As a general rule, sessions will end with the party in a safe zone, it being a disastrously bad idea to spend the night in a dungeon. This allows a larger pool of players to join the game. One player might make every session but another can only make it every six months, and that’s perfectly okay.

A few things to consider:

Unbalanced encounters. Although adventures will fall into rough “tiers” based on a level range, no provision is made to prevent characters from encountering monsters beyond their fighting ability. Players are encouraged to avoid unnecessary fights and retreat when the odds are against them.

Dynamic world. Many adventures have a limited window of opportunity. Rival adventurers race to sack tombs and raid dungeons. Choosing one adventure quite often means that others will no longer be available.

Yes players want options in my experience anyway.

I love running like an old TV show. Weekly episodes with some big "continued next week" adventures.

If I give them choices then should I balance the encounter?  The level of threat guides how they approach things.  I don't balance encounters, not sure I could even do that.  

I usually rub the serial number off adventure ideas after they choose one.  The same idea may re-appear under a new name later so I don't waste a good thought (a rarer thing as you get older!)

I like your approach very much as its the way I tend to play!!
 


“How can I wear the harness of toil
And sweat at the daily round,
While in my soul forever
The drums of Pictdom sound?” 
 

4/26/2018 10:37 am  #3


Re: Campaign Structure

Thanks Mabon. "Episode of the week" is my favorite campaign structure but I wanted to try a more traditional approach with Hyperborea. I ran several Hyborian Age campaigns and used an episodic approach for all of them. It worked great and I feel it matches the presentation of Robert E. Howard's stories.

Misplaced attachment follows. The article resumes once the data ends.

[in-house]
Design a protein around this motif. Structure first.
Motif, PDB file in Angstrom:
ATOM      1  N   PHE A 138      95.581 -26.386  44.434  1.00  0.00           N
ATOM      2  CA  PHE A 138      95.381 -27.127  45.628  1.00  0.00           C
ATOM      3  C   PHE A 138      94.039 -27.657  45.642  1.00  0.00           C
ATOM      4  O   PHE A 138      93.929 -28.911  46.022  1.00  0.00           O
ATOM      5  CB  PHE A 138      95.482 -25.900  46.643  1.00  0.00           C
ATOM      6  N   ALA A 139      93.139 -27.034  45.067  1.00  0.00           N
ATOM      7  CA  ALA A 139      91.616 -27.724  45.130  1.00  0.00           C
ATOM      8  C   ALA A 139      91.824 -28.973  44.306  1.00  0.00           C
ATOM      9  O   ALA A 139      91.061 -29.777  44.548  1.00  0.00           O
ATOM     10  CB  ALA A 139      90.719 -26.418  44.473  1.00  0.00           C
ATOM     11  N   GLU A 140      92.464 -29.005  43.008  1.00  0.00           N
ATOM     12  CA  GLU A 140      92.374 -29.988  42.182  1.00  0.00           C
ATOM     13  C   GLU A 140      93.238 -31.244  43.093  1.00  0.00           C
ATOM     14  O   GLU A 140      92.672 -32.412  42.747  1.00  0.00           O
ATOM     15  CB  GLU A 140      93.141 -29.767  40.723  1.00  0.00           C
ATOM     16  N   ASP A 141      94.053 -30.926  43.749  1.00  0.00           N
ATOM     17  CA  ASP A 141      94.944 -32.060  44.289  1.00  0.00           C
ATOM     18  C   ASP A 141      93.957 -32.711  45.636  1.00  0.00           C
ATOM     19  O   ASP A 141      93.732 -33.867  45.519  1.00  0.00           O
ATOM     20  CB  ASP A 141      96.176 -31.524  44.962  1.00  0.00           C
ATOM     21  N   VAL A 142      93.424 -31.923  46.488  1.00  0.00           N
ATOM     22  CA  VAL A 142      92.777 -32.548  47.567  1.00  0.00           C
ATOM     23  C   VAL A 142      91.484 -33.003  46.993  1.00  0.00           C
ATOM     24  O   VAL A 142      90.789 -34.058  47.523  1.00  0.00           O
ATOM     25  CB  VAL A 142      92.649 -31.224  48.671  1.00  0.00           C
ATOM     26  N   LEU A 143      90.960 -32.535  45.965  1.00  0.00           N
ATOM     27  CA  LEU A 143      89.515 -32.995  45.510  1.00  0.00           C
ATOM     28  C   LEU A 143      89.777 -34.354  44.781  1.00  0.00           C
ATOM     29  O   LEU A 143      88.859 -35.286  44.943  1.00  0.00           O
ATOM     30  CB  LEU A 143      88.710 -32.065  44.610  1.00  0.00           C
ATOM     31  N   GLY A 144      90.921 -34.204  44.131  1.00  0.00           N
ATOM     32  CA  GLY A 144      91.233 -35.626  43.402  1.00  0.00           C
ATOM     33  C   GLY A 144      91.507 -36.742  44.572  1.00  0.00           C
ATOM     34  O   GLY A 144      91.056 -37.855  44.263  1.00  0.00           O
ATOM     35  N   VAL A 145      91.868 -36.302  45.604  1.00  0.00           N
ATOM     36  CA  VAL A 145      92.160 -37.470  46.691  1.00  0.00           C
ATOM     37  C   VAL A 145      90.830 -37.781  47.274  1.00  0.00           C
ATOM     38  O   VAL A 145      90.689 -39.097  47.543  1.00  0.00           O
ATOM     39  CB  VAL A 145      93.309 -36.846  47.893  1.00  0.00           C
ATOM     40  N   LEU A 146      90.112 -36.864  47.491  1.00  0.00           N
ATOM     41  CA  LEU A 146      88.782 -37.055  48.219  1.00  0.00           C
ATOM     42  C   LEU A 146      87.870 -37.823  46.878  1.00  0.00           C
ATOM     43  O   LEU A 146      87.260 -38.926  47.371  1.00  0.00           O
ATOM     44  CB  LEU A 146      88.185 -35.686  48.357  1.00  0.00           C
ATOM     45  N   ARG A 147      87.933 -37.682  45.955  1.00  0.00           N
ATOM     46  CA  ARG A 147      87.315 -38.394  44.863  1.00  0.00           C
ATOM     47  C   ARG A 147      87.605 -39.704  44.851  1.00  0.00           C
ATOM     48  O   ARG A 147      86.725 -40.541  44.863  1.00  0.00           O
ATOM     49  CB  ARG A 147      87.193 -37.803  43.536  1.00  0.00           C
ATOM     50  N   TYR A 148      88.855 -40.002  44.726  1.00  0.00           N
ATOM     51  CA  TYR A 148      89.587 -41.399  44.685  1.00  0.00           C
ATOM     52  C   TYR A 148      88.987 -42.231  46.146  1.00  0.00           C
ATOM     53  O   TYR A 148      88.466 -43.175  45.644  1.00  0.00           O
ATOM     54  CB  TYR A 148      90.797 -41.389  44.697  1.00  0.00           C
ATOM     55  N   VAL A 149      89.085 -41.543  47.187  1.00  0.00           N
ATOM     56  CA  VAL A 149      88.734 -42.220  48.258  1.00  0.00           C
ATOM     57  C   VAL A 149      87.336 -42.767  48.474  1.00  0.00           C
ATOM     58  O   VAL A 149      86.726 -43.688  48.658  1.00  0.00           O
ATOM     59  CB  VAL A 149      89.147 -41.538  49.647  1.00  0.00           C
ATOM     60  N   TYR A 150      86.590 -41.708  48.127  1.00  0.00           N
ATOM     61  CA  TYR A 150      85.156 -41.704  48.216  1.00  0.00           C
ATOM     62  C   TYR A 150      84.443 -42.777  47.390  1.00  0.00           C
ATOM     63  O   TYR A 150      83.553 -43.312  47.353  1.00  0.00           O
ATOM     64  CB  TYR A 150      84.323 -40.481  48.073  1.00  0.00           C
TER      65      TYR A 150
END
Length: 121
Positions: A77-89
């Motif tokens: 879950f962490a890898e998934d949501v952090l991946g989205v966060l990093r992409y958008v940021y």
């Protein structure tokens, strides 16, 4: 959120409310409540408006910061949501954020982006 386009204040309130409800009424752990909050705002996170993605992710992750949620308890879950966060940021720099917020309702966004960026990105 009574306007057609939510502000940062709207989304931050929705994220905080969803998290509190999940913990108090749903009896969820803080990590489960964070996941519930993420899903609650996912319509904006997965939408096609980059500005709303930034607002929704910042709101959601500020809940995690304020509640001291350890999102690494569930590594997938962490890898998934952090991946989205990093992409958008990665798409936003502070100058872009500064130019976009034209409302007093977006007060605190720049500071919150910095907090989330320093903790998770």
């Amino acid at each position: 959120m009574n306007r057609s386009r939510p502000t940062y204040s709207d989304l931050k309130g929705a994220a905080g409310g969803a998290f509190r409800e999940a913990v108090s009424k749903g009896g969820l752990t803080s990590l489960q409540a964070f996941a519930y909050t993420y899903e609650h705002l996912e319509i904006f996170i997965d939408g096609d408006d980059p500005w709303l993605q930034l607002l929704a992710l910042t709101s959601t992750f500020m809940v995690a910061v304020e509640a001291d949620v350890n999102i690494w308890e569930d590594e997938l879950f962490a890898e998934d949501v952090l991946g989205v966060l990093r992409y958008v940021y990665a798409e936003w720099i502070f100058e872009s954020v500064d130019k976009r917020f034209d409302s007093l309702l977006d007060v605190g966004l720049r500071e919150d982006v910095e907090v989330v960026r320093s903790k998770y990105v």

Thread Starter
 

4/26/2018 11:11 am  #4


Re: Campaign Structure

Brock Savage wrote:

Thanks Mabon. "Episode of the week" is my favorite campaign structure but I wanted to try a more traditional approach with Hyperborea. I ran several Hyborian Age campaigns and used an episodic approach for all of them. It worked great and I feel it matches the presentation of Robert E. Howard's stories.

Episodic works because we are all working folks and may not always make the next adventure.  The cast may change every time we play!

I had up to about 6 years ago always had the grand campaign with story arcs and long term plots but it just got too much to manage for me.  My friends have as much fun now as they did then....

Yup! The pulps were very episodic.  

My question would be why change?


“How can I wear the harness of toil
And sweat at the daily round,
While in my soul forever
The drums of Pictdom sound?” 
 

4/26/2018 11:16 am  #5


Re: Campaign Structure

My players can do whatever I have time to prepare or make up on the spot.

I sometimes have "arcs" which are more "islands in the stream". I have ideas of stuff to do but no railroads for the most part. Some stuff will connect together and might make a coherent "story", but is up to pc actions and the rolls of the dice.

My bottom line is that any plan I make won't survive contact with the players, but I like to have some plans regardless.


What? Me worry?
 

4/26/2018 1:16 pm  #6